from an etching by Chaim Koppelman
by Sheldon Kranz
shall we say of the clear light
Curving swiftly across the gray skeleton of our mind,
Illuminating dusty corners,
Stirring old hopes?
And when heavy iron doors are swung open
To reveal a summer landscape where couples
Deep in conversation
Move quietly along red brick paths,
How shall we see this?
What shall we do?
He sits stiffly in the yellow room,
His arms bent at a careful angle,
His eyes fixed on an invisible spot
That moves as he moves.
Statue-like, he smiles,
And his teeth are white and strong.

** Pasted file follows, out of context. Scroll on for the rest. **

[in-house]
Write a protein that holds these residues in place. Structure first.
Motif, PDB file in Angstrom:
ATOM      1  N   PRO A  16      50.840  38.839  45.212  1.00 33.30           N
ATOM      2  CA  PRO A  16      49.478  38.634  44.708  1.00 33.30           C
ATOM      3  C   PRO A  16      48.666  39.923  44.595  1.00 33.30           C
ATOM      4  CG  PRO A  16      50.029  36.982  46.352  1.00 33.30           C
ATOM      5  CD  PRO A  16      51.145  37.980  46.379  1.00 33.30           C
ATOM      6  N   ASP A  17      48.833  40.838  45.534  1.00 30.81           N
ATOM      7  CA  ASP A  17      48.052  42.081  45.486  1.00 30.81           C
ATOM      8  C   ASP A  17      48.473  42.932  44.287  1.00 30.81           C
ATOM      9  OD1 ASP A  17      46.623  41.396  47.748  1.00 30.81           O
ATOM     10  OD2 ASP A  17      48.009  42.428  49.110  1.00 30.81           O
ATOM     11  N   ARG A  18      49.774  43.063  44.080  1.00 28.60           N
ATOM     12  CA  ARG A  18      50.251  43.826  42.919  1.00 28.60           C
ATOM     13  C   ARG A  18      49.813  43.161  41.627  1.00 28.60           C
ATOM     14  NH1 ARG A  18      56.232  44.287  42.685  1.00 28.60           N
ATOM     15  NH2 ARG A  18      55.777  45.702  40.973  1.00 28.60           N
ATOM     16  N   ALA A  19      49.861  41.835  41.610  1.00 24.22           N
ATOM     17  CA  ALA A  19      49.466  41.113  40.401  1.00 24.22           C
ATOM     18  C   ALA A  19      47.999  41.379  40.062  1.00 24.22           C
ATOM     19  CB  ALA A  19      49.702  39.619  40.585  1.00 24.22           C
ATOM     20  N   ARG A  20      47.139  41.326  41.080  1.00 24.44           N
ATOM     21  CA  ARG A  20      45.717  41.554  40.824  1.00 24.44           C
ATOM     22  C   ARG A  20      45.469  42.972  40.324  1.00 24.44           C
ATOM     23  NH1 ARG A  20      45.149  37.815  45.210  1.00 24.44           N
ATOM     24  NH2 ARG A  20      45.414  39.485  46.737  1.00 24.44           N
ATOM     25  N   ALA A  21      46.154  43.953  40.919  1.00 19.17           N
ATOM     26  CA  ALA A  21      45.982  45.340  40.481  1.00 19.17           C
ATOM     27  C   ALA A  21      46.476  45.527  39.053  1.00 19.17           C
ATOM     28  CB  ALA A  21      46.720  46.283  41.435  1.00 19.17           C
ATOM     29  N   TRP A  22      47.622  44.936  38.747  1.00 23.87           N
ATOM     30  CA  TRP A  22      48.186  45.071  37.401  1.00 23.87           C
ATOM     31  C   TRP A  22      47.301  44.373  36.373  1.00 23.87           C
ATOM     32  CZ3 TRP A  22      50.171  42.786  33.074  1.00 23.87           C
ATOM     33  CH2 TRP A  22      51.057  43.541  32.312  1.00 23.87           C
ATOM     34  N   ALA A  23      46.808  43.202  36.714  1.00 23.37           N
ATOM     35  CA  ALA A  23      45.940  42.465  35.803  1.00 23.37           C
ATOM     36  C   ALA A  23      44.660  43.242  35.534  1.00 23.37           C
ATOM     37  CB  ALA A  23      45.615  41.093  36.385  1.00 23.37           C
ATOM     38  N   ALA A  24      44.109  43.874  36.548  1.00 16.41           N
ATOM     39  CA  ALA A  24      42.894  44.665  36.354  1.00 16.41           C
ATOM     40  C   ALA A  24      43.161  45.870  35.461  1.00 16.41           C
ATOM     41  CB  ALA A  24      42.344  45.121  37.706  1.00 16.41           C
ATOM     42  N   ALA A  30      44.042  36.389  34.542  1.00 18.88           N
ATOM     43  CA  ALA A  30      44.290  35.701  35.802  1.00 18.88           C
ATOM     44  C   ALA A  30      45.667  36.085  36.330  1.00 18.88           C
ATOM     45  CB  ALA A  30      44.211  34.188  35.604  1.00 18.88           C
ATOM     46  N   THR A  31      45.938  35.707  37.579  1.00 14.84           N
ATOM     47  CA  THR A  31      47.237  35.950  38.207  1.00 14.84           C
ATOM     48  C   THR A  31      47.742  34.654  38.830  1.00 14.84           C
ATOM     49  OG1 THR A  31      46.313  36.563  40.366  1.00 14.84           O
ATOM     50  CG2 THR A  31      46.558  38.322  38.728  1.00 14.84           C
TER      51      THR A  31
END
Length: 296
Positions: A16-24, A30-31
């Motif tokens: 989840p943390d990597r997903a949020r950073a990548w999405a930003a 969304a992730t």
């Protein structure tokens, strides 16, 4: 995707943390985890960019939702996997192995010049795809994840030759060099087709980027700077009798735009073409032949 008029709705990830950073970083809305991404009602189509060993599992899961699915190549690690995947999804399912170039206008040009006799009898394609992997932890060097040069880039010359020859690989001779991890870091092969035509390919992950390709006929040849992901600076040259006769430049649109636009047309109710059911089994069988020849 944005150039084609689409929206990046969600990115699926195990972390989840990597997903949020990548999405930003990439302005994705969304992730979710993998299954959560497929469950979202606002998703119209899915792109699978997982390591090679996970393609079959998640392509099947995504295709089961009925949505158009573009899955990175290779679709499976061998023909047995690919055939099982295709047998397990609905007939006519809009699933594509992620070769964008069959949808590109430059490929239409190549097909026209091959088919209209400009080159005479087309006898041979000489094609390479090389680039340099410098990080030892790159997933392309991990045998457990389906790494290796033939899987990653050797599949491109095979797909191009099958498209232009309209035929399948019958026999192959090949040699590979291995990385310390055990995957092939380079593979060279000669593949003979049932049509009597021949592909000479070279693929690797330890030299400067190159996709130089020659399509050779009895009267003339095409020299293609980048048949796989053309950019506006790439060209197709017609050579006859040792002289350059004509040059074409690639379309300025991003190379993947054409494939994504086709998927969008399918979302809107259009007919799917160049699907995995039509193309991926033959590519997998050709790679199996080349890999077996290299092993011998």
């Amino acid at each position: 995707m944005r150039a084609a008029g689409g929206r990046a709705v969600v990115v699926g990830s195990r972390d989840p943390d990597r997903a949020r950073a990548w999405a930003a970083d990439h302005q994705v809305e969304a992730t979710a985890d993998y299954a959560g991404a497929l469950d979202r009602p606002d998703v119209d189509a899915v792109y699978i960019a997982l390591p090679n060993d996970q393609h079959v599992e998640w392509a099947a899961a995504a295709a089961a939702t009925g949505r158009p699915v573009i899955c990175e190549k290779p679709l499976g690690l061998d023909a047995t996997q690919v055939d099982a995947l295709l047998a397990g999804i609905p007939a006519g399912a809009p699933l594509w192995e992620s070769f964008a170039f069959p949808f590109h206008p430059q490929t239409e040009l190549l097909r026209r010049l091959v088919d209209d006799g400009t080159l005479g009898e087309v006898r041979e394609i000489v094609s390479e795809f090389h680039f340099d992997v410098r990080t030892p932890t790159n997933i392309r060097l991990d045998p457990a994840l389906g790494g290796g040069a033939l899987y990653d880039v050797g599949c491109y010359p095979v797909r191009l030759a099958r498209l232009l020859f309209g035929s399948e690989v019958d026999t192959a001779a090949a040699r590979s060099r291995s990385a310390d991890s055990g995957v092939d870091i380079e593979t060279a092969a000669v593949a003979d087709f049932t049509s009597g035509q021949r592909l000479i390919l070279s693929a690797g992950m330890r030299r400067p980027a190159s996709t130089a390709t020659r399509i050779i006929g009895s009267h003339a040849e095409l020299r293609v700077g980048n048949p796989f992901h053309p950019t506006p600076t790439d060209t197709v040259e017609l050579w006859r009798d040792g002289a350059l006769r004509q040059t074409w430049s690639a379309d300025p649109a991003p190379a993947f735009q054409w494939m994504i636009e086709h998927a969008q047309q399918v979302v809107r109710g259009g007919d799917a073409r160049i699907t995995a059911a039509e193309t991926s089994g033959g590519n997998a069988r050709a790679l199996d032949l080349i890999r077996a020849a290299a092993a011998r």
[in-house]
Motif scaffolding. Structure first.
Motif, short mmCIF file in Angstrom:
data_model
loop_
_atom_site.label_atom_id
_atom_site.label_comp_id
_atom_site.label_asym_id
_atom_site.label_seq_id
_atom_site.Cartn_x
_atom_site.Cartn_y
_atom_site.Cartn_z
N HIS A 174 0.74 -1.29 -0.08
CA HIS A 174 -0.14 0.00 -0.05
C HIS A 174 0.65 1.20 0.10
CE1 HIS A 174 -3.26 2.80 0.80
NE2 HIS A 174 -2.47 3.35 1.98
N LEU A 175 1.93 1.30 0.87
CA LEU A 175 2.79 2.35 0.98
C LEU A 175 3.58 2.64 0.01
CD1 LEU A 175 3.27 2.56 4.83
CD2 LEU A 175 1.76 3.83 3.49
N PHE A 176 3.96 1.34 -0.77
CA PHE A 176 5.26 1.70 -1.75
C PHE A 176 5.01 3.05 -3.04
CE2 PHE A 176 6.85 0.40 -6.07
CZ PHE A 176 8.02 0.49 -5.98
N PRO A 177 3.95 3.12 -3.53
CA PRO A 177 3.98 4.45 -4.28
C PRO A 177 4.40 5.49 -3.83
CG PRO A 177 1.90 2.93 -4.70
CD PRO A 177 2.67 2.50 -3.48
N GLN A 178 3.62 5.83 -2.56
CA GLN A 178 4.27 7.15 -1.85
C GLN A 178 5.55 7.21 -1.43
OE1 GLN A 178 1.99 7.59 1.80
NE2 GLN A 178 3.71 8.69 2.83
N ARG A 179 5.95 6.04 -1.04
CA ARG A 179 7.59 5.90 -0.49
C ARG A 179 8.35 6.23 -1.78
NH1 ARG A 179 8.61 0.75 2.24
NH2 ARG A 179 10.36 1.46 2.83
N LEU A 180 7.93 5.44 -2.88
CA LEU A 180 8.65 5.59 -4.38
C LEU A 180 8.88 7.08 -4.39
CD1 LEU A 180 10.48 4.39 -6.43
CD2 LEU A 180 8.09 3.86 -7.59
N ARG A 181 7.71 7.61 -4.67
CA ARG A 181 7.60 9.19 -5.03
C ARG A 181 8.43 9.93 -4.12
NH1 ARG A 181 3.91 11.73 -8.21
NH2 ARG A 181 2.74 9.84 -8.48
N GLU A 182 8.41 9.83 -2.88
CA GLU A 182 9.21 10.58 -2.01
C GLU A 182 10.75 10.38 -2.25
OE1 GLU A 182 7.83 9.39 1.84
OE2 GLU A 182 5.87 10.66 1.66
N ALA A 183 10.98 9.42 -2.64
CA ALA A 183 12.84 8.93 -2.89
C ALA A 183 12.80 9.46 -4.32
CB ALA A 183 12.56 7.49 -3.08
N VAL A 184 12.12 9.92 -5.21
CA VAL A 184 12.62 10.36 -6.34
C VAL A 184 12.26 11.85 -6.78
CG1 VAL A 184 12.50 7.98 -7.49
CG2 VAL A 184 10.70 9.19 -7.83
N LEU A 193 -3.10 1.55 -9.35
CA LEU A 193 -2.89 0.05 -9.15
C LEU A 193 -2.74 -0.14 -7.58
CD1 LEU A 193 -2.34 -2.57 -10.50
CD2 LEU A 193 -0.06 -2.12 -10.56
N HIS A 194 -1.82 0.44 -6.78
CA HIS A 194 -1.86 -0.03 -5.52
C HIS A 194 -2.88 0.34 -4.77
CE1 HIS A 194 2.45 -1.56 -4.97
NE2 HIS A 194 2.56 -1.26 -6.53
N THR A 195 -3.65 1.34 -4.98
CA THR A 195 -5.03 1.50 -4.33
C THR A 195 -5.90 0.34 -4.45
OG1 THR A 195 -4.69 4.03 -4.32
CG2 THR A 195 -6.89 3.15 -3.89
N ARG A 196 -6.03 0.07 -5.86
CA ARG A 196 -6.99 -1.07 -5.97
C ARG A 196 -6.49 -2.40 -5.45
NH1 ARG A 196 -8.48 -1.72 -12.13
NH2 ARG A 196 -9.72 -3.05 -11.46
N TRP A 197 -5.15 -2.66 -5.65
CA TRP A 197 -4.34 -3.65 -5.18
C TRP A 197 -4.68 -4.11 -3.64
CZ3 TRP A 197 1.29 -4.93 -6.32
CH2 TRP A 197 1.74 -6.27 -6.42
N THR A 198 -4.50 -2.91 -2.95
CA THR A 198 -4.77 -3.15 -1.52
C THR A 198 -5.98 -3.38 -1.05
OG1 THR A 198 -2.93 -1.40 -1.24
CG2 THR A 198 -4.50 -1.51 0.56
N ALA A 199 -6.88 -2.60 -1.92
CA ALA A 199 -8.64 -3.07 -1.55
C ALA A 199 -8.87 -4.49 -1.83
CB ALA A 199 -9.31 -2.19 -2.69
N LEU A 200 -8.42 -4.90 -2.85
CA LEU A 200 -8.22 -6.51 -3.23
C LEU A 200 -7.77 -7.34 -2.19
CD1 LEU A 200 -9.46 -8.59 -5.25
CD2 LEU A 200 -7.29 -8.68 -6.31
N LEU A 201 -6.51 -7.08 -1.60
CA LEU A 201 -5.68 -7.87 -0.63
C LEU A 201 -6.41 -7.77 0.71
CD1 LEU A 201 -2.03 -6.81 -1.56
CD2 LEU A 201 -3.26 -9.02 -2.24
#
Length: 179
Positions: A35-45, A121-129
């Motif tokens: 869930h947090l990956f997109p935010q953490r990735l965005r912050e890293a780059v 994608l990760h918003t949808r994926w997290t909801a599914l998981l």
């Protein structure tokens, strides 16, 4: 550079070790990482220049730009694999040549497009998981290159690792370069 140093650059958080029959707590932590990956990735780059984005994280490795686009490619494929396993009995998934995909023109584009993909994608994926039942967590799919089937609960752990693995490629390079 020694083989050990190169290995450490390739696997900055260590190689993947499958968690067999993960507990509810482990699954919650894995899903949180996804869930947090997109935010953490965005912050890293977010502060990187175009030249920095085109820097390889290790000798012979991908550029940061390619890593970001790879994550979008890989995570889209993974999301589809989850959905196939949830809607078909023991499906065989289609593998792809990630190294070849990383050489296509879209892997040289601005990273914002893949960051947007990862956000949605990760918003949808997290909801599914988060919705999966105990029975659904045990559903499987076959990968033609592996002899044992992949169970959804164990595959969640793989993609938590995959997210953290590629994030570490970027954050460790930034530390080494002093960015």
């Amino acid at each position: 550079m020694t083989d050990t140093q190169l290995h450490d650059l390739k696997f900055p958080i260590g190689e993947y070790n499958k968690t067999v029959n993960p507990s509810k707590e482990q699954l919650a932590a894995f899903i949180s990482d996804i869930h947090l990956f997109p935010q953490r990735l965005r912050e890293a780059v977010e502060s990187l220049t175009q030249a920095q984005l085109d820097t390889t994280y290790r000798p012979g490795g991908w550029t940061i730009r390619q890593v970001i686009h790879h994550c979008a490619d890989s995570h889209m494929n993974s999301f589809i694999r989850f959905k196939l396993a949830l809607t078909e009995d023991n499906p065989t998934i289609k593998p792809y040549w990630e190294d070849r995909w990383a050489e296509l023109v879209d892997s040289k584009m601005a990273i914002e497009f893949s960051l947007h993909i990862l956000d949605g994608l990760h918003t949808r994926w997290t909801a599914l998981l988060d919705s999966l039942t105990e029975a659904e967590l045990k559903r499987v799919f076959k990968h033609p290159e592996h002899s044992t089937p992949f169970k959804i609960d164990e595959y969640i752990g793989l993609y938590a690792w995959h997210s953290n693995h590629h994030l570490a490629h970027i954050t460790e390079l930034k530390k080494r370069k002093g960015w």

The sun is hot on the angles of his knees,
And he moves his head slowly,
Knowing he is cold,
Feeling the dark spot move as he moves,
Wondering if he is still alive.
She runs along the rows of benches,
Embracing each new image that arrives,
Plump and serene in the evening light.
She cannot speak,
But hugs each image to her,
Remembers a long-forgotten childhood name,
And moves on quickly,
Adoring each new image
That settles itself on a crowded bench
And falls pleasantly asleep.
With fingers intertwined,
They sit facing the high wall,
Leaning lightly against each other for support.
With his free hand, he plays with an open book;
With her free hand, she strokes a furry kitten;
And both tell each other the story of the wall,
And praise its great height,
And smile and kiss,
And praise each other, and kiss again,
Unaware that neither of them makes a shadow on the wall.